As far as I am aware, your bid would only go up to the reserve unless someone else bids more.

      Would it be fair for your bid to go up by $1,000 or $10,000 if the reserve is $1 higher than the high bid?

      I am not an auction rules expert, but I am pretty sure that is how it would work.

      In reply to Mike | January 19th, 2016 at 11:07 am


      If reserve is $1,000,001 and the highest bid is $1,000,000 (reserve not met), system allows you to place a minimum bid $1,000,100 (https://www.domaininvesting.com/namejet-changes-bid-increments/).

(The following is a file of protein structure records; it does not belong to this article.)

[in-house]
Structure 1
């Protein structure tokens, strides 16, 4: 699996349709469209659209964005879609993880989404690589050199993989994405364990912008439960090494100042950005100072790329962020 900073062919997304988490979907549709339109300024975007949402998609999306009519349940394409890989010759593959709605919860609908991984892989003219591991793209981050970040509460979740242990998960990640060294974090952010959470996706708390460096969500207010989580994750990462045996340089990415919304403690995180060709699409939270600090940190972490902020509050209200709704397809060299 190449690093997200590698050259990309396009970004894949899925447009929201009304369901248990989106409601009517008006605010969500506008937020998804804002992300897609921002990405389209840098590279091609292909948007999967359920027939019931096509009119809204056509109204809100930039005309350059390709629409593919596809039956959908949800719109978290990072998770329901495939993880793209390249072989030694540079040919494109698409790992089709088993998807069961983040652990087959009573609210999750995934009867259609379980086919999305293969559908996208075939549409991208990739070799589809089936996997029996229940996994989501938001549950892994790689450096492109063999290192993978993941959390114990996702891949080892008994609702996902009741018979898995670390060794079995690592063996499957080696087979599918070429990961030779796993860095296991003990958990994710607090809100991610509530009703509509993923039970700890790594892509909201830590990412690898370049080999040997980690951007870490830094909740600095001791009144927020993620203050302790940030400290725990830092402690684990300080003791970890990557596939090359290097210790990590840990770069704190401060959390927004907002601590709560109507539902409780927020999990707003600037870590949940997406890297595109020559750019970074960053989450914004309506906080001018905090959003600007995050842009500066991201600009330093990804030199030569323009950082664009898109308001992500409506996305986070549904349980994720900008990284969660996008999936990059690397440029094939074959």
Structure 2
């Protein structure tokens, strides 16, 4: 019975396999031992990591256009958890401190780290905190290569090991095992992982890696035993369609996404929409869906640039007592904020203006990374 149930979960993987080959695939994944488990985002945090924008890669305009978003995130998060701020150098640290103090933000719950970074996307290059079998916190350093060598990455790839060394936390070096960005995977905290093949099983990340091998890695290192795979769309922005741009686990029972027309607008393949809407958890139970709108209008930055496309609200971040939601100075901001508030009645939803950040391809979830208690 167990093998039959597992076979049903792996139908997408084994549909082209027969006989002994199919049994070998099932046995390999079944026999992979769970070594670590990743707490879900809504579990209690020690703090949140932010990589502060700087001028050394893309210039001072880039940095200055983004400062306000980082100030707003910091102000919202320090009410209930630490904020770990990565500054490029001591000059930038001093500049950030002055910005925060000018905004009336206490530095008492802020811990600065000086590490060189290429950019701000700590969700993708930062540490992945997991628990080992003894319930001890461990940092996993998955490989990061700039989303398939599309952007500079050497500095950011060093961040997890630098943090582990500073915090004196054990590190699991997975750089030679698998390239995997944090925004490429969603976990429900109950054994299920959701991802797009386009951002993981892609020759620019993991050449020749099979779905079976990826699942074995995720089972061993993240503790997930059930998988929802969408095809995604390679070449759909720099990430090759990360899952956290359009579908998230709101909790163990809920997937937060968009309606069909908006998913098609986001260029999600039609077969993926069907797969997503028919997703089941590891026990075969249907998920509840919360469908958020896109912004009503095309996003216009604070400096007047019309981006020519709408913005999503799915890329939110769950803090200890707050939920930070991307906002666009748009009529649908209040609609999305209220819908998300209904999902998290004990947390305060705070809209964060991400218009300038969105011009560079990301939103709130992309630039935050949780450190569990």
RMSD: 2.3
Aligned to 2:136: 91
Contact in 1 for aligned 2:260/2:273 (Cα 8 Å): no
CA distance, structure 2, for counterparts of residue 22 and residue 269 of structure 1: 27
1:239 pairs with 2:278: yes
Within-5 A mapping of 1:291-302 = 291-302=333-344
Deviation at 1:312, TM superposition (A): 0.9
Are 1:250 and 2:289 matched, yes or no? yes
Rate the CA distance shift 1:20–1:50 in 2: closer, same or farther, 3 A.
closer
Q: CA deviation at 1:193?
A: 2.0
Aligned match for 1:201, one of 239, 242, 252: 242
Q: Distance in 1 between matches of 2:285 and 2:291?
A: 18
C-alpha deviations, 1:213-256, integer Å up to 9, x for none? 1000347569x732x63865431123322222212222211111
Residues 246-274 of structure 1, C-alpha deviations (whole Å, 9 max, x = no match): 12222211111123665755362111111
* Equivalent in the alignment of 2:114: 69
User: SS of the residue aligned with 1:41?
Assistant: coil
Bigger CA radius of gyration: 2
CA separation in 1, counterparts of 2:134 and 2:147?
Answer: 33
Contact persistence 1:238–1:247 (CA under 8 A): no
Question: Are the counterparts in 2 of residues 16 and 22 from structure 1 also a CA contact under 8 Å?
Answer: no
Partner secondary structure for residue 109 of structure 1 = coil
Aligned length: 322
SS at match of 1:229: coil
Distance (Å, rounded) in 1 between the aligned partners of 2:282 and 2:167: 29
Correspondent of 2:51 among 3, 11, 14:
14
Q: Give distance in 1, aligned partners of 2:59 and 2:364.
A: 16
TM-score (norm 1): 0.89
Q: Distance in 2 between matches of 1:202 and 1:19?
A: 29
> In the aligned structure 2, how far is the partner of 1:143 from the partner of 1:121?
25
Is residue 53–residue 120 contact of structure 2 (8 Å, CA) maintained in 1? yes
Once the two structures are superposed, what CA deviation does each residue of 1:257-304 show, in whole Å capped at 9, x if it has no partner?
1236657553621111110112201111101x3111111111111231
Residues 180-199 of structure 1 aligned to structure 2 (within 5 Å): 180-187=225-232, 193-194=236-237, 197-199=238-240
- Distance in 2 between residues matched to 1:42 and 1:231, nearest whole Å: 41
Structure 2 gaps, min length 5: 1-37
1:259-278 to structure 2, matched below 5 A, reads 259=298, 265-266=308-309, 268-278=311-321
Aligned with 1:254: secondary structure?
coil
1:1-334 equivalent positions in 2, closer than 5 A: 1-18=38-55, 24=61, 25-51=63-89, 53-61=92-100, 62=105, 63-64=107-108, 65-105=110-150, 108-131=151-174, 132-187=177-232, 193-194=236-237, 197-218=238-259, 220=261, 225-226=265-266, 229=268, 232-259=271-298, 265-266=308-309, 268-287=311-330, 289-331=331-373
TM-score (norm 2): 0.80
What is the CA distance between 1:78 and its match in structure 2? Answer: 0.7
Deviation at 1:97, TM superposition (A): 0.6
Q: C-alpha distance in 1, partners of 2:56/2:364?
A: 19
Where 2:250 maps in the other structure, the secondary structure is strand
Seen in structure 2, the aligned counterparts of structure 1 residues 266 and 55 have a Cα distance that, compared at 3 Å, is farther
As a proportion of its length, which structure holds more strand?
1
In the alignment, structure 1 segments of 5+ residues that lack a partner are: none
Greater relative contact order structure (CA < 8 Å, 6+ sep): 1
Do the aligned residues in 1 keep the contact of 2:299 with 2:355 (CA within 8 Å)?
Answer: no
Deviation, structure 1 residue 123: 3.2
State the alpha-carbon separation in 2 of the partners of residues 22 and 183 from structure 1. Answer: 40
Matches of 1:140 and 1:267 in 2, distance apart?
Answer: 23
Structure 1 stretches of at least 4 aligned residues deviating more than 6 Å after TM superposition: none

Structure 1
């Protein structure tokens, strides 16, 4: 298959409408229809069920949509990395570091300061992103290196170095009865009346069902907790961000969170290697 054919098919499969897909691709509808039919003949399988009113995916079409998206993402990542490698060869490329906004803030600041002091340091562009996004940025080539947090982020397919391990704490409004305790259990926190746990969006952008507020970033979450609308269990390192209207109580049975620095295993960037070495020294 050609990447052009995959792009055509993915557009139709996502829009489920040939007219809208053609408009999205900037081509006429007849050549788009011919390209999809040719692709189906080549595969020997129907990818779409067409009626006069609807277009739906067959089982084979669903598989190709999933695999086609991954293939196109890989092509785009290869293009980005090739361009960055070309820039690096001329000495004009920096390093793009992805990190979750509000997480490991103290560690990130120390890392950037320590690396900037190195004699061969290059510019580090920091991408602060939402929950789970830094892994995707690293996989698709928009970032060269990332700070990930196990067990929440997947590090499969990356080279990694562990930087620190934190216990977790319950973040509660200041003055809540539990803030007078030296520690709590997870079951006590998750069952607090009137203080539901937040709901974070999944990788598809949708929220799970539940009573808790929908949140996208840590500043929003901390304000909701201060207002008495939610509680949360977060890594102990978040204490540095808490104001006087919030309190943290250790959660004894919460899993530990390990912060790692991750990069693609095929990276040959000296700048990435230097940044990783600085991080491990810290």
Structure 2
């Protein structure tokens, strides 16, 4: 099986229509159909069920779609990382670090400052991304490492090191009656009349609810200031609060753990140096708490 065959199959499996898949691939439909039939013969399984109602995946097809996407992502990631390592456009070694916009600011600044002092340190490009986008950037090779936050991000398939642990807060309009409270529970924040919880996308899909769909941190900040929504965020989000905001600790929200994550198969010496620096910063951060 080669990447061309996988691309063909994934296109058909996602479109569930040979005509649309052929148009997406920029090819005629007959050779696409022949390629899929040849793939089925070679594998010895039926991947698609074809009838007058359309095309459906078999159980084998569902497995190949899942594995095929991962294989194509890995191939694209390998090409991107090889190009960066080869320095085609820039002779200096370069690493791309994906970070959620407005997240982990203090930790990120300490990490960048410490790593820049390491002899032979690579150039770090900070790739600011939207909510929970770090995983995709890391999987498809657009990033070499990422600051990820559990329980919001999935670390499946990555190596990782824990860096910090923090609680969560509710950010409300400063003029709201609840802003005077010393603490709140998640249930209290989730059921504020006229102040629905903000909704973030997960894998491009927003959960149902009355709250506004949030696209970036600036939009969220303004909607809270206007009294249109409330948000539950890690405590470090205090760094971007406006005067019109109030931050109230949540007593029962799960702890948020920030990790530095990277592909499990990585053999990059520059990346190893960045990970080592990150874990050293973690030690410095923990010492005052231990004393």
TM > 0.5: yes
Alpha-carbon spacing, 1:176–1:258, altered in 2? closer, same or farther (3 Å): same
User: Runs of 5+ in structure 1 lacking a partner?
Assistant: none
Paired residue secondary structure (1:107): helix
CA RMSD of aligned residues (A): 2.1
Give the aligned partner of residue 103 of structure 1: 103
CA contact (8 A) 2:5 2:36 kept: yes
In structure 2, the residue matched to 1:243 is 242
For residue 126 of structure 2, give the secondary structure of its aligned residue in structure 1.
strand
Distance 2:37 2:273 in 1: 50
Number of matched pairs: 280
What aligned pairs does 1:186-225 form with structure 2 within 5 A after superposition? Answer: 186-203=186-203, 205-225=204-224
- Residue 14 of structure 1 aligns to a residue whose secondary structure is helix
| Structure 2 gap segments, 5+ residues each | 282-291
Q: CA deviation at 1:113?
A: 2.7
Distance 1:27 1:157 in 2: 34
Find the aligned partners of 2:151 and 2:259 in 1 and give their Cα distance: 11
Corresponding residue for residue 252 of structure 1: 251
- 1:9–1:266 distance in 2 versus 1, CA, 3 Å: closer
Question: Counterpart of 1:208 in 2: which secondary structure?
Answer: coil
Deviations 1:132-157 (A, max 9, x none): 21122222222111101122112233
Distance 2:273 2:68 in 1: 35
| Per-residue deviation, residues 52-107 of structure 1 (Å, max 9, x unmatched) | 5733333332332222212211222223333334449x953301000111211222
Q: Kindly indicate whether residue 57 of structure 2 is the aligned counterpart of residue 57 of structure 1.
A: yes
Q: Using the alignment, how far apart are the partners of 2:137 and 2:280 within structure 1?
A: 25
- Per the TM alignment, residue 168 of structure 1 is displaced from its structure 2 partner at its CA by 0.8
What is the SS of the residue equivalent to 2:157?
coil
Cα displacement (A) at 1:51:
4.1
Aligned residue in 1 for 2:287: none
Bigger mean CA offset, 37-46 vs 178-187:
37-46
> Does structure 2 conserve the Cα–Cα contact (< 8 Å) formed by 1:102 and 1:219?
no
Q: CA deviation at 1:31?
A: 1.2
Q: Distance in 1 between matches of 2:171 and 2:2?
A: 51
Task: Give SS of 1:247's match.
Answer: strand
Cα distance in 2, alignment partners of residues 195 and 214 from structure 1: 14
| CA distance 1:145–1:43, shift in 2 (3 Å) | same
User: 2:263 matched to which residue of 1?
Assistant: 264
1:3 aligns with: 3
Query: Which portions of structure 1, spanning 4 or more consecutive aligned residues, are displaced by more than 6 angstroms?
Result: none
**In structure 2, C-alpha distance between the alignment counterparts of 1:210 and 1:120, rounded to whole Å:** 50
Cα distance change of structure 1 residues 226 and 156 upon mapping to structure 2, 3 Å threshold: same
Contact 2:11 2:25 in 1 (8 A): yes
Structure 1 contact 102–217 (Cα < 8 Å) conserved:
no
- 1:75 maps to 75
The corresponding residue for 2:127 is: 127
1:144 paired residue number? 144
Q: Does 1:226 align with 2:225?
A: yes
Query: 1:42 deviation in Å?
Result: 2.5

In reply to Elliot Silver | January 19th, 2016 at 12:20 pm


    To me it would be very simple to fix this. Some auction houses need to hold the buyer accountable if they place a bid below the reserve. They should give the ability to the owner to reduce the reserve at any time.

    Basically if you place a bid for a 900k and the reserve is at 1 million that bidder has just bought themselves a name because the owner has that option to drop the reserve price at his or her wish at anytime.

    January 19th, 2016 at 11:50 am

      Elliot Silver

      That would help reduce fraud, although I don’t know if auction venues would do this. They may prefer to have those big bids than not have them if that means the bid could become the high bid if seller drops reserve.

      In reply to DonnyM | January 19th, 2016 at 11:54 am


      I think that’s fair. Nobody should be allowed to make a bid that is not presumed to be one they are committed to actually paying.

      In reply to DonnyM | January 20th, 2016 at 2:52 pm